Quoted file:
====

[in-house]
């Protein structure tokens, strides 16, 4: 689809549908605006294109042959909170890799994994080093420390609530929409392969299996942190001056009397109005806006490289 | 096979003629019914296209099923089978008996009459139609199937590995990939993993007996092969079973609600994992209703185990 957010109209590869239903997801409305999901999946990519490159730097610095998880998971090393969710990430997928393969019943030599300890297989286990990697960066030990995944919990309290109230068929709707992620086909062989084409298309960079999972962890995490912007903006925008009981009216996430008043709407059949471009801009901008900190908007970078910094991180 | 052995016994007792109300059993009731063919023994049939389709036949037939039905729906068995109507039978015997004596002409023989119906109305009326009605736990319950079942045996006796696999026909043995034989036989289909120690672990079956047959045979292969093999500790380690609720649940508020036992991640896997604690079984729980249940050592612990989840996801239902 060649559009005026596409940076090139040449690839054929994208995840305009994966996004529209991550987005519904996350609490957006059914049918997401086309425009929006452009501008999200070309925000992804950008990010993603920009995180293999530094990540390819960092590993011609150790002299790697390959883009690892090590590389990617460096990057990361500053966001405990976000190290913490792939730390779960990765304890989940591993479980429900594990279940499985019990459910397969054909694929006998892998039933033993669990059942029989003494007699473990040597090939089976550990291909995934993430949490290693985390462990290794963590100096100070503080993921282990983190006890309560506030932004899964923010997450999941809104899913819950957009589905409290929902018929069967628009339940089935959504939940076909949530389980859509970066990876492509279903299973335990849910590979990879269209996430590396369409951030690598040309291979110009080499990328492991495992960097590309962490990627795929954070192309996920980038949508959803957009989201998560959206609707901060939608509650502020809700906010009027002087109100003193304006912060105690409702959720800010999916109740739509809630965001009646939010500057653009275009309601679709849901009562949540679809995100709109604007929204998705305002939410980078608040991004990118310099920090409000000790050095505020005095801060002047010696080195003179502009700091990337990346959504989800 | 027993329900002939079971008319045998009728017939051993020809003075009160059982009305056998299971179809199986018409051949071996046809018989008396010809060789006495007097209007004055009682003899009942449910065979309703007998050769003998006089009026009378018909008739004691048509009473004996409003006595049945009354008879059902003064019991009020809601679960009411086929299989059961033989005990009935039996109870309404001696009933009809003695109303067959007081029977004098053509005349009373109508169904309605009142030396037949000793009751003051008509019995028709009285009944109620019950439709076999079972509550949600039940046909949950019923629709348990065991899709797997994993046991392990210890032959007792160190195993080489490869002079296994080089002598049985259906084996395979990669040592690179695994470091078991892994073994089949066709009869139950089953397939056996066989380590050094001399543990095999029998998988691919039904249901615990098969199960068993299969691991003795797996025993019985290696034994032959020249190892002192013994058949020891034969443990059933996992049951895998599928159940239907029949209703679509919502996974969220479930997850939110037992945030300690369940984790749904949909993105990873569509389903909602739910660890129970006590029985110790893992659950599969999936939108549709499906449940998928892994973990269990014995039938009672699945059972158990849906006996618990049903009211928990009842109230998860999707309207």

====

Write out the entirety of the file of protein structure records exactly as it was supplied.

[in-house]
């Protein structure tokens, strides 16, 4: 689809549908605006294109042959909170890799994994080093420390609530929409392969299996942190001056009397109005806006490289 | 096979003629019914296209099923089978008996009459139609199937590995990939993993007996092969079973609600994992209703185990 957010109209590869239903997801409305999901999946990519490159730097610095998880998971090393969710990430997928393969019943030599300890297989286990990697960066030990995944919990309290109230068929709707992620086909062989084409298309960079999972962890995490912007903006925008009981009216996430008043709407059949471009801009901008900190908007970078910094991180 | 052995016994007792109300059993009731063919023994049939389709036949037939039905729906068995109507039978015997004596002409023989119906109305009326009605736990319950079942045996006796696999026909043995034989036989289909120690672990079956047959045979292969093999500790380690609720649940508020036992991640896997604690079984729980249940050592612990989840996801239902 060649559009005026596409940076090139040449690839054929994208995840305009994966996004529209991550987005519904996350609490957006059914049918997401086309425009929006452009501008999200070309925000992804950008990010993603920009995180293999530094990540390819960092590993011609150790002299790697390959883009690892090590590389990617460096990057990361500053966001405990976000190290913490792939730390779960990765304890989940591993479980429900594990279940499985019990459910397969054909694929006998892998039933033993669990059942029989003494007699473990040597090939089976550990291909995934993430949490290693985390462990290794963590100096100070503080993921282990983190006890309560506030932004899964923010997450999941809104899913819950957009589905409290929902018929069967628009339940089935959504939940076909949530389980859509970066990876492509279903299973335990849910590979990879269209996430590396369409951030690598040309291979110009080499990328492991495992960097590309962490990627795929954070192309996920980038949508959803957009989201998560959206609707901060939608509650502020809700906010009027002087109100003193304006912060105690409702959720800010999916109740739509809630965001009646939010500057653009275009309601679709849901009562949540679809995100709109604007929204998705305002939410980078608040991004990118310099920090409000000790050095505020005095801060002047010696080195003179502009700091990337990346959504989800 | 027993329900002939079971008319045998009728017939051993020809003075009160059982009305056998299971179809199986018409051949071996046809018989008396010809060789006495007097209007004055009682003899009942449910065979309703007998050769003998006089009026009378018909008739004691048509009473004996409003006595049945009354008879059902003064019991009020809601679960009411086929299989059961033989005990009935039996109870309404001696009933009809003695109303067959007081029977004098053509005349009373109508169904309605009142030396037949000793009751003051008509019995028709009285009944109620019950439709076999079972509550949600039940046909949950019923629709348990065991899709797997994993046991392990210890032959007792160190195993080489490869002079296994080089002598049985259906084996395979990669040592690179695994470091078991892994073994089949066709009869139950089953397939056996066989380590050094001399543990095999029998998988691919039904249901615990098969199960068993299969691991003795797996025993019985290696034994032959020249190892002192013994058949020891034969443990059933996992049951895998599928159940239907029949209703679509919502996974969220479930997850939110037992945030300690369940984790749904949909993105990873569509389903909602739910660890129970006590029985110790893992659950599969999936939108549709499906449940998928892994973990269990014995039938009672699945059972158990849906006996618990049903009211928990009842109230998860999707309207």